Back to Ask the Diabetes Team Ask the Diabetes Team

From Lynnwood, Washington, USA:

I've had type 1 for a little over two years and all of my subsequent A1cs have been under 6.5 percent. I know this is doing quite well, as the goal is 7 percent or less according to my endocrinologist and the Diabetes Complications and Control Trial. Although it's quite difficult and restrictive, the thought of complications frightens me too much to not do everything I can to maintain this level of control. The type 2s I know think my A1c is so high compared to their numbers, which are 4.9 or 5.2. I keep telling them that, as far as I know, for someone on insulin, my A1c's have been excellent. I read so often of others with consistent A1c's in the 8 or higher range that I am left to wonder what is really typical. I'd like to know your opinions and experience of what the average type 1 realistically achieves under normal circumstances. Are the majority of us sitting in the under 7 percent range or are we more the exception than the rule? It's hard to really know how you're doing when you have nothing to compare your results to.


Until a approximately three years ago, the average A1c among Americans was still over 9 percent. This is a poor grade for our national effort at treating diabetes. However, I would suspect that number has come down. Diabetes is a social issue many are more familiar with now. With that comes more knowledge about what treatment goals should be. Diabetes specialists see less than twenty per cent of all the patients who see patients with diabetes. Most of the patients with diabetes have type 2 diabetes. The market and current practice environment is that all primary care physicians have an ability to treat patients to an acceptable A1c level.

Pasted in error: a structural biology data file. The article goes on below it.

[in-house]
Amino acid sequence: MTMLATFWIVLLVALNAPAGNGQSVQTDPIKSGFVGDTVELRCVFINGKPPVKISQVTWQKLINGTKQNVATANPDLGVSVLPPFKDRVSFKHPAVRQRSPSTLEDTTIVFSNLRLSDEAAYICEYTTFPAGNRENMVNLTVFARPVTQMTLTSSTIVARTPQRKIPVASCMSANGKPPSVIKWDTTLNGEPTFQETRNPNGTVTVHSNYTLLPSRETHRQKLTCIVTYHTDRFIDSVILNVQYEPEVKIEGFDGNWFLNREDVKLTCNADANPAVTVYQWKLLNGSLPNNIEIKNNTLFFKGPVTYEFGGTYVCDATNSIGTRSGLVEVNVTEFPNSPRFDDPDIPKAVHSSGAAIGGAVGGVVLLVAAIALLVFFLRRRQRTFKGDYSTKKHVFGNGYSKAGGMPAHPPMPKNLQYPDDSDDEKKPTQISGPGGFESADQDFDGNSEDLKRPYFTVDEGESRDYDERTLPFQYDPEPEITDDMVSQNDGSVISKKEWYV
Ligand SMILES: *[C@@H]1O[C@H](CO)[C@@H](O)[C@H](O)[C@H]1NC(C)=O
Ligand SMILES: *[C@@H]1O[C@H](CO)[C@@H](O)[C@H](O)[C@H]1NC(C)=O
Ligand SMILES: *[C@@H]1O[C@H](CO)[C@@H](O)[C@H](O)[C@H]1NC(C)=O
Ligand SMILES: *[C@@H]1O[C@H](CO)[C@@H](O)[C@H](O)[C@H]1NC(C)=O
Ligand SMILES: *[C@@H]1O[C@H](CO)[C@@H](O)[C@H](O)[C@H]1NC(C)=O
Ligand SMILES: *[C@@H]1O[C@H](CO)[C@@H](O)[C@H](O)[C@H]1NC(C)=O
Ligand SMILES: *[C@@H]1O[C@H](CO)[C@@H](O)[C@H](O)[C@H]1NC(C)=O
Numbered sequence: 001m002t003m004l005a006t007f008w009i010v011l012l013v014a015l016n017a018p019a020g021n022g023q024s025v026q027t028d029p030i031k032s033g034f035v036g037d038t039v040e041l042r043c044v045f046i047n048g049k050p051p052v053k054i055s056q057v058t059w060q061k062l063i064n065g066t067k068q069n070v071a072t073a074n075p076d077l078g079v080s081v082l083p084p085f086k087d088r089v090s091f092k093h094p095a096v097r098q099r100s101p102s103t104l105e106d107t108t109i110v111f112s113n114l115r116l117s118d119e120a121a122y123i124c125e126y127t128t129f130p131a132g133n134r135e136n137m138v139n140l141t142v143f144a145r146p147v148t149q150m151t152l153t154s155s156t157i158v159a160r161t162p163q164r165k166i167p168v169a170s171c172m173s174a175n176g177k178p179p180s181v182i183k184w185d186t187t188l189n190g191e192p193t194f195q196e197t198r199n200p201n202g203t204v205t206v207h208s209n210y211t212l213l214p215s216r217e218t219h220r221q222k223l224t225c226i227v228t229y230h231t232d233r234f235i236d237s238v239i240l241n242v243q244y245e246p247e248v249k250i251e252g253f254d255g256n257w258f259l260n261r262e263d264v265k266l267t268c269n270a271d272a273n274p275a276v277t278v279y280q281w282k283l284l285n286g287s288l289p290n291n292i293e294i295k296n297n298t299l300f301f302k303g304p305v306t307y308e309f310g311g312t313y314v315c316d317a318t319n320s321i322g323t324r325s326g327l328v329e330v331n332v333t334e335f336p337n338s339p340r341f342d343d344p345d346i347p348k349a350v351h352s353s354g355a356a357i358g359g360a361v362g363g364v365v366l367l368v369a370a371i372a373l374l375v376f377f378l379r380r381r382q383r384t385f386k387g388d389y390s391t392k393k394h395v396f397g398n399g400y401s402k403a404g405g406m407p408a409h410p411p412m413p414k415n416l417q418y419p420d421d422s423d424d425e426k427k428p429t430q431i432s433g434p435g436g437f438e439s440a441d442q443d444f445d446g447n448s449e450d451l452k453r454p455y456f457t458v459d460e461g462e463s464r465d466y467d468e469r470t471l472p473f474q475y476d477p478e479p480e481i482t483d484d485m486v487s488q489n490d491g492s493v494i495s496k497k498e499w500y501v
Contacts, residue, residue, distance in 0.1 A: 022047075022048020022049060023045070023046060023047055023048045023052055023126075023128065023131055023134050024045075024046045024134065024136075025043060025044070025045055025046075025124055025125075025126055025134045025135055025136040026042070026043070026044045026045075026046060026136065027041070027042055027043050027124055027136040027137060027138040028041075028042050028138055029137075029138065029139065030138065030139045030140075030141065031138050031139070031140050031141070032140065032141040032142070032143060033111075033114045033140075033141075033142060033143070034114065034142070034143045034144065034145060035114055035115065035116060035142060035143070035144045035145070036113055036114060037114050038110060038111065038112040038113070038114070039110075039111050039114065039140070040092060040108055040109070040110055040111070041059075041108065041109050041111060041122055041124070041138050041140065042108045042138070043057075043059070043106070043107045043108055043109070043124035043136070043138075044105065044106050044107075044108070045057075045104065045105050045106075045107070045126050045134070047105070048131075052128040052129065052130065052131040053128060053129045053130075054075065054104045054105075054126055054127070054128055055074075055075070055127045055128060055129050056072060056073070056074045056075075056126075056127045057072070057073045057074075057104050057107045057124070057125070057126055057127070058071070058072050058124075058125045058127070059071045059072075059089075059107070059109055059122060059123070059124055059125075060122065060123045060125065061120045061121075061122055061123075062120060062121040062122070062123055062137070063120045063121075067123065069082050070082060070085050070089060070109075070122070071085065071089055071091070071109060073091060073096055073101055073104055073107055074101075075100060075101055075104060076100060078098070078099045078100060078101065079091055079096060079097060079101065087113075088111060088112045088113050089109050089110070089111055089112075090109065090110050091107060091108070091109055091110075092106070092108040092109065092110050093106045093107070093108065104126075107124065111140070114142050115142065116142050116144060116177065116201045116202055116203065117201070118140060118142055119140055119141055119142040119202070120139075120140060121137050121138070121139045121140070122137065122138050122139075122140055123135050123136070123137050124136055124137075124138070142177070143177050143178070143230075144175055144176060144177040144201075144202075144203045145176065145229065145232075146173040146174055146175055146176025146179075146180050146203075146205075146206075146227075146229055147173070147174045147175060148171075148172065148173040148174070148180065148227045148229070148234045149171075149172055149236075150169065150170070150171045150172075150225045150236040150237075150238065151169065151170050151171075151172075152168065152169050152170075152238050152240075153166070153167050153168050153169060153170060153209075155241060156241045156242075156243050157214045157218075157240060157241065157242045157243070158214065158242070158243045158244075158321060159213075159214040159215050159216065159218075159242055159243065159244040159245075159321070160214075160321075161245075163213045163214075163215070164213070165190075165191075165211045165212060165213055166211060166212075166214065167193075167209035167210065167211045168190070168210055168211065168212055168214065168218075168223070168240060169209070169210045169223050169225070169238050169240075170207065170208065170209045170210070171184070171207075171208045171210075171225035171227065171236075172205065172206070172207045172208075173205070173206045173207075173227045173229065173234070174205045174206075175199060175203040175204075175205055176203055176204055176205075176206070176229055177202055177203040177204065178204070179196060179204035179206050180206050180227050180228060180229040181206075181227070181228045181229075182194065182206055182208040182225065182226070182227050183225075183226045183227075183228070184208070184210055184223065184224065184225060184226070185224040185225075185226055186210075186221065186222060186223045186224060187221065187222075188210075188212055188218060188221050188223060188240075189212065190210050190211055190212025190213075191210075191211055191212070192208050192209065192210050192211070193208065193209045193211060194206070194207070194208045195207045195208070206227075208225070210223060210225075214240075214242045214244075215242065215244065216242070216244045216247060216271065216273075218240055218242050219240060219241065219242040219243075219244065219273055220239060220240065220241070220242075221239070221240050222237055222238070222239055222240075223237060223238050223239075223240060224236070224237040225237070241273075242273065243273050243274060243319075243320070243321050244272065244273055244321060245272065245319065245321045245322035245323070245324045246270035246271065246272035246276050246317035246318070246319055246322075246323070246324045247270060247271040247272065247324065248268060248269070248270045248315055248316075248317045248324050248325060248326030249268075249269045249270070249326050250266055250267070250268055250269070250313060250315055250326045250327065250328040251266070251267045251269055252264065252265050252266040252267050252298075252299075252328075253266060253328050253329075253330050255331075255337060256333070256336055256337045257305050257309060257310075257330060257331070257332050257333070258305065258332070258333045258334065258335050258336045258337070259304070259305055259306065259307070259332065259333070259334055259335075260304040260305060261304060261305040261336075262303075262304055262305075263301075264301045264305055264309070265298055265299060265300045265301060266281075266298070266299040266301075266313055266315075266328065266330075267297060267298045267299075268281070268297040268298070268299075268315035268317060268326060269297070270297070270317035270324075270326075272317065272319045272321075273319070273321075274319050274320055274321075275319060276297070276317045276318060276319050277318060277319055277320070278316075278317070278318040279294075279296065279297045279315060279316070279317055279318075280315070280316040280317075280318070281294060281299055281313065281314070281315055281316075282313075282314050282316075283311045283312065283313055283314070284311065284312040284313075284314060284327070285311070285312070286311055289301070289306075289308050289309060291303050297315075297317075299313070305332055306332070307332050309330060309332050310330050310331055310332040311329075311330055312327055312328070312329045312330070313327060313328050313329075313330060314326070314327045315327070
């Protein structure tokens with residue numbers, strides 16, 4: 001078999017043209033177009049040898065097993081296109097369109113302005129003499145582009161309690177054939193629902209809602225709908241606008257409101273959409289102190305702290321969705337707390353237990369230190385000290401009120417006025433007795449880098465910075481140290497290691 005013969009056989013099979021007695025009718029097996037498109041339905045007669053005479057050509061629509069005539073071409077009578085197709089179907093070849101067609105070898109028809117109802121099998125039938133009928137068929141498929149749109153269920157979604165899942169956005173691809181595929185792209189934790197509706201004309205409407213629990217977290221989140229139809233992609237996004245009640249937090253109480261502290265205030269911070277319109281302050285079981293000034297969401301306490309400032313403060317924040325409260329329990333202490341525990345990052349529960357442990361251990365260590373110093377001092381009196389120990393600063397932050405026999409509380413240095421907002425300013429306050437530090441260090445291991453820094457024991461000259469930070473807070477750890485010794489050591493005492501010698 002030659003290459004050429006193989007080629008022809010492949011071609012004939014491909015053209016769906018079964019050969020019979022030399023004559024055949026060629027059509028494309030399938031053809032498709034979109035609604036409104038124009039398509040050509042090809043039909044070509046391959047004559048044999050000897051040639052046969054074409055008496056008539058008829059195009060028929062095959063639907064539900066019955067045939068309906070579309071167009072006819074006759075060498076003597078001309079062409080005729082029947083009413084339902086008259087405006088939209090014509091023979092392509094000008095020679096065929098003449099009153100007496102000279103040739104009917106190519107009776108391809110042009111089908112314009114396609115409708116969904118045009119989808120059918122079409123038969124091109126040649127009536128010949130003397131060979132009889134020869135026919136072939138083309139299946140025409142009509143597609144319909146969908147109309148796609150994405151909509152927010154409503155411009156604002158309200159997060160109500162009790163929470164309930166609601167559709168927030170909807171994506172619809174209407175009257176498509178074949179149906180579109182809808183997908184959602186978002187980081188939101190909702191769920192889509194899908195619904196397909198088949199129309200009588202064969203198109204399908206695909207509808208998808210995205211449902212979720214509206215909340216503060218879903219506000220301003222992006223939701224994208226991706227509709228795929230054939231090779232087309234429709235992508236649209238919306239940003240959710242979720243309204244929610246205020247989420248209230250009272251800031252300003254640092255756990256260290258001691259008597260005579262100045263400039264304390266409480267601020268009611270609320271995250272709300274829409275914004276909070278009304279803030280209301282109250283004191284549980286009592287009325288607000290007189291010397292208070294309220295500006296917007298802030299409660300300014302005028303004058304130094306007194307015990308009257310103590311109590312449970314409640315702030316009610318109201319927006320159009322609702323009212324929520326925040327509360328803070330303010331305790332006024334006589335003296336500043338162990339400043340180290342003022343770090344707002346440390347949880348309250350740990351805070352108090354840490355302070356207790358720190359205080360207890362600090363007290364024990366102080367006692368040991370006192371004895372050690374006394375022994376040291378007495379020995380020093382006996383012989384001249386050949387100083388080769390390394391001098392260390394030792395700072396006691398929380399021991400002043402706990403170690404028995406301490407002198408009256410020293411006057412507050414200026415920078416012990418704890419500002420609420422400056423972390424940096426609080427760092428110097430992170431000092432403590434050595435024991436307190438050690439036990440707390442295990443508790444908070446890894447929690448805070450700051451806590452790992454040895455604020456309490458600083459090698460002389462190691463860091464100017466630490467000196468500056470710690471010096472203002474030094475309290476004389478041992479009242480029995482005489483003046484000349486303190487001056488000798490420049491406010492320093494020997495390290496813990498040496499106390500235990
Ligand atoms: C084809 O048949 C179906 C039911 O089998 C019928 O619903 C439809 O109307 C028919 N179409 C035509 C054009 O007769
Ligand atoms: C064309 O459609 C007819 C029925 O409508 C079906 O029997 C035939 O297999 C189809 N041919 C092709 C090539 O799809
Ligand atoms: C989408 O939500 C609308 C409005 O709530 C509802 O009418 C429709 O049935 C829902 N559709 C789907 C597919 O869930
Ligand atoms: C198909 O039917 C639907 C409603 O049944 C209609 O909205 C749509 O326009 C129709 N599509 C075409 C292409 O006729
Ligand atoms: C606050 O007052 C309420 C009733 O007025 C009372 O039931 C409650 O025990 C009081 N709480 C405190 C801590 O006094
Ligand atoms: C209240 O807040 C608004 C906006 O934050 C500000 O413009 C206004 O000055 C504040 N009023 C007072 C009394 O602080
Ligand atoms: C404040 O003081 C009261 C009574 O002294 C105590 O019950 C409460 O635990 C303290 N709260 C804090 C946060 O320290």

A second issue is worth mentioning. It has been written that normal A1c values are more easily attainable in patients with type 2 diabetes, compared with type 1 diabetes. In general, I agree with this statement. With type 1 diabetes, hypoglycemia becomes a limiting issue in terms of how low you can go. This is less an issue with type 2 diabetes, especially if they are on oral medications.


Original posting 15 Apr 2004
Posted to A1c, Glycohemoglobin, HgbA1c


  Home Return to Top

Last Updated: Tuesday April 06, 2010 15:09:56
This Internet site provides information of a general nature and is designed for educational purposes only. If you have any concerns about your own health or the health of your child, you should always consult with a physician or other health care professional.

This site is published by T-1 Today, Inc. (d/b/a Children with Diabetes), a 501c3 not-for-profit organization, which is responsible for its contents.
By using this site, you agree to our Terms of Use, Legal Notice, and Privacy Policy.
© Children with Diabetes, Inc. 1995-2015. Comments and Feedback.